The Finance Ministry’s efforts to obtain access to desperately needed cash belonging to state entities have stumbled into a number of obstacles, meaning that it remains uncertain whether it will be able to supply the social security funds with the money needed to pay pensions next week.
Sources say that the Finance Ministry has informed the Labor Ministry that while it will supply the 850 million euros required on April 27 and 28, for the time being this amount is not to be found in the state coffers.
The government expected the legislative act that provided for the compulsory submission of the cash reserves of general government entities (with the exception of the pension funds) into a central account at the Bank of Greece to fetch at least 1.5 billion euros, to be placed at the state’s disposal. However, it is estimated that only 300-400 million euros has been deposited in the BoG, and it is considered unlikely that this amount will grow significantly next week.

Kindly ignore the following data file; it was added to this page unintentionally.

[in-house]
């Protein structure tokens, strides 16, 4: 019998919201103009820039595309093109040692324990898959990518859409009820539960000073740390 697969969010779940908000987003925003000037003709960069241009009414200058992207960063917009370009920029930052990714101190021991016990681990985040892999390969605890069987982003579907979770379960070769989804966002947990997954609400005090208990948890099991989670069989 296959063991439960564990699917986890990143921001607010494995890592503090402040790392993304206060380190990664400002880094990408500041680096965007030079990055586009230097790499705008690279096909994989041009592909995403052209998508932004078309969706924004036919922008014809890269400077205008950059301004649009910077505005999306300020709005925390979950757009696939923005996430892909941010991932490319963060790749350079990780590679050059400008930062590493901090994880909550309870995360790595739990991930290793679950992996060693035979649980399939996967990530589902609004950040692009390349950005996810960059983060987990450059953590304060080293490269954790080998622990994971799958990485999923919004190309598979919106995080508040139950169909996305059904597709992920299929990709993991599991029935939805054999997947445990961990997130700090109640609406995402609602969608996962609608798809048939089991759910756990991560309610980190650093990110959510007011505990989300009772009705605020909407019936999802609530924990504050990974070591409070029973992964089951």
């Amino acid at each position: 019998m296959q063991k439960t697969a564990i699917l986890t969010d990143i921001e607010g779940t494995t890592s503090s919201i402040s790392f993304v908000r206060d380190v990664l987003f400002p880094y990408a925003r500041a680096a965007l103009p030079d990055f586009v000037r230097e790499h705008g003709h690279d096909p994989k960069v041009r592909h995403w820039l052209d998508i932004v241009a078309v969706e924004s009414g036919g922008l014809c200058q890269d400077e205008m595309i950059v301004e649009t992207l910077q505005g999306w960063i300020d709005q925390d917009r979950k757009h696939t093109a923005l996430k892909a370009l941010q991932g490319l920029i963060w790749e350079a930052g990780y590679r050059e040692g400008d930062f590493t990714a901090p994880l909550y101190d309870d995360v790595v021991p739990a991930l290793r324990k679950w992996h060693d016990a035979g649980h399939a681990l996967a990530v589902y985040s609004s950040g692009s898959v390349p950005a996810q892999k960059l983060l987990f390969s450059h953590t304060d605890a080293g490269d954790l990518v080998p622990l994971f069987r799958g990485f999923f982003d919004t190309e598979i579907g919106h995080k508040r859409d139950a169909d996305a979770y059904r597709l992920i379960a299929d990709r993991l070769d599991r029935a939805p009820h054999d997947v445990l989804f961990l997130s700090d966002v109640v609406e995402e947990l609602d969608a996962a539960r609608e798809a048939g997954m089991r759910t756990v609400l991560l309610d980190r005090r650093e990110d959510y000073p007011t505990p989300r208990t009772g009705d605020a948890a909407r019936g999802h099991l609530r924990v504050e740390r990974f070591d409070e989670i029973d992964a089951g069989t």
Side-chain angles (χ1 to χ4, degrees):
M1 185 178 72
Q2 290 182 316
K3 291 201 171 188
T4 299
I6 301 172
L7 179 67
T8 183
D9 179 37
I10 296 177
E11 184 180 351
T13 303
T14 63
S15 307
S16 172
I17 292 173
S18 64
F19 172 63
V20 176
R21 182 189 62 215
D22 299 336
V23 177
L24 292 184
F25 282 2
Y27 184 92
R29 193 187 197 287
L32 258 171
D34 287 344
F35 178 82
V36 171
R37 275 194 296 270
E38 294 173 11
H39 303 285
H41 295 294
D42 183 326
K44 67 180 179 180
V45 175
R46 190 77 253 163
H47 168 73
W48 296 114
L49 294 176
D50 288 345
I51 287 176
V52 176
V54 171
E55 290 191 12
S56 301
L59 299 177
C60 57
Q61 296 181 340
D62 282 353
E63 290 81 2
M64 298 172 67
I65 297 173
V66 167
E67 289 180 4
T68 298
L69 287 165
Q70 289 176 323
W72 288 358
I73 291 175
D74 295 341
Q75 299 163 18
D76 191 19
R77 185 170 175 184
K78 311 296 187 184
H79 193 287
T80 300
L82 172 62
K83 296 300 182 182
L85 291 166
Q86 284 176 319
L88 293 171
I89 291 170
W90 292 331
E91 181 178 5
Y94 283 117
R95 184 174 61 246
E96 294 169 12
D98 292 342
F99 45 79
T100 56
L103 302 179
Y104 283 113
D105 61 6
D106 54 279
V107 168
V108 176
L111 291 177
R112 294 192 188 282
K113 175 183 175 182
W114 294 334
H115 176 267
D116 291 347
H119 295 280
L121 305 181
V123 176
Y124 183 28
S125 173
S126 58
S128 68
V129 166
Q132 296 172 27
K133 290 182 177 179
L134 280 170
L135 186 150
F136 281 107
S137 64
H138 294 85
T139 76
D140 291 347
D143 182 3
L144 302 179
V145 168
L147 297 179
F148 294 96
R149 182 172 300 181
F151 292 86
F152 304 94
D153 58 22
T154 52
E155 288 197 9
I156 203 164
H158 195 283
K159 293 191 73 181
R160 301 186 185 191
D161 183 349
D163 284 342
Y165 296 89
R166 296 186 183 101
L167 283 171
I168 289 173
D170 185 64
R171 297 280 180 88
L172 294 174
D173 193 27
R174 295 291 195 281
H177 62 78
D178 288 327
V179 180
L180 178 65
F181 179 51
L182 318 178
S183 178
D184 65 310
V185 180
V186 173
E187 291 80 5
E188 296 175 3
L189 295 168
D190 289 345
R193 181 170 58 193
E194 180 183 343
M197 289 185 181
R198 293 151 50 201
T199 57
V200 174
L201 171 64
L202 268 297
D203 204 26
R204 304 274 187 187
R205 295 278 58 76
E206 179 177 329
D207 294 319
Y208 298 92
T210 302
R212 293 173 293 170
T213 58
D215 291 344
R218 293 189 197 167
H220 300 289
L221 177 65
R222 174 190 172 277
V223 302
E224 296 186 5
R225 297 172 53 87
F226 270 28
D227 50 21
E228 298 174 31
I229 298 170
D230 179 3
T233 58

As a result, at this stage projections are showing a shortfall of about 1 billion euros, making it uncertain whether the 850 million euros will be forwarded to pension funds early next week.
Furthermore, the social security funds, which are not obliged to hand their cash reserves over to the BoG, appear reluctant to do so voluntarily. On Thursday the governing board of the Single Fund for the Social Insurance of Bank Employees (ETAT) rejected the transfer of 150 million euros of its reserves to the central bank. That followed two written statements by the unions of employees at Alpha Bank and the former Emporiki, as they opposed the switch of cash into repos.
The question of the transfer of cash reserves belonging to the Social Security Foundation (IKA) will be discussed at the fund’s board meeting next week. If there is a decision in favor, it could mean the transfer of 150 million euros at an interest rate of up to 2.7 percent, against 2.1 percent that commercial banks offer IKA.